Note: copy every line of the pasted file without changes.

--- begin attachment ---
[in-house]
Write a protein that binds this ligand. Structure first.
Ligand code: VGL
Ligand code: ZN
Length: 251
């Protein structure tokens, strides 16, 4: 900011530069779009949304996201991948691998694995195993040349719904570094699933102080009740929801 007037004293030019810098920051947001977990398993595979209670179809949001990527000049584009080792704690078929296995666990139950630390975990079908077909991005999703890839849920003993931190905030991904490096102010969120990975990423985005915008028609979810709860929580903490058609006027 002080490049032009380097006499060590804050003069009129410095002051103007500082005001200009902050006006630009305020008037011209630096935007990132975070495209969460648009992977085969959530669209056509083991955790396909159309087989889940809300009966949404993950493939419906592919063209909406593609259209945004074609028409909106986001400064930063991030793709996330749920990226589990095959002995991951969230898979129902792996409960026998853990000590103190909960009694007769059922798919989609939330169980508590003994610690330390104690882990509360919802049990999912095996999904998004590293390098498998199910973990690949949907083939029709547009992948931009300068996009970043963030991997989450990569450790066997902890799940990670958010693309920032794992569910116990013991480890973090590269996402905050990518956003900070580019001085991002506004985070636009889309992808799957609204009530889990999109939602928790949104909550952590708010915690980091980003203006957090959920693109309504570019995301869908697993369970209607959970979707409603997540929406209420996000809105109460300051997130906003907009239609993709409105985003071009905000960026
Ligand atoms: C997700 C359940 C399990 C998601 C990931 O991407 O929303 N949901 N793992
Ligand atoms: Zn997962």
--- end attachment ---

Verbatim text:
[in-house]
Write a protein that binds this ligand. Structure first.
Ligand code: VGL
Ligand code: ZN
Length: 251
């Protein structure tokens, strides 16, 4: 900011530069779009949304996201991948691998694995195993040349719904570094699933102080009740929801 007037004293030019810098920051947001977990398993595979209670179809949001990527000049584009080792704690078929296995666990139950630390975990079908077909991005999703890839849920003993931190905030991904490096102010969120990975990423985005915008028609979810709860929580903490058609006027 002080490049032009380097006499060590804050003069009129410095002051103007500082005001200009902050006006630009305020008037011209630096935007990132975070495209969460648009992977085969959530669209056509083991955790396909159309087989889940809300009966949404993950493939419906592919063209909406593609259209945004074609028409909106986001400064930063991030793709996330749920990226589990095959002995991951969230898979129902792996409960026998853990000590103190909960009694007769059922798919989609939330169980508590003994610690330390104690882990509360919802049990999912095996999904998004590293390098498998199910973990690949949907083939029709547009992948931009300068996009970043963030991997989450990569450790066997902890799940990670958010693309920032794992569910116990013991480890973090590269996402905050990518956003900070580019001085991002506004985070636009889309992808799957609204009530889990999109939602928790949104909550952590708010915690980091980003203006957090959920693109309504570019995301869908697993369970209607959970979707409603997540929406209420996000809105109460300051997130906003907009239609993709409105985003071009905000960026
Ligand atoms: C997700 C359940 C399990 C998601 C990931 O991407 O929303 N949901 N793992
Ligand atoms: Zn997962």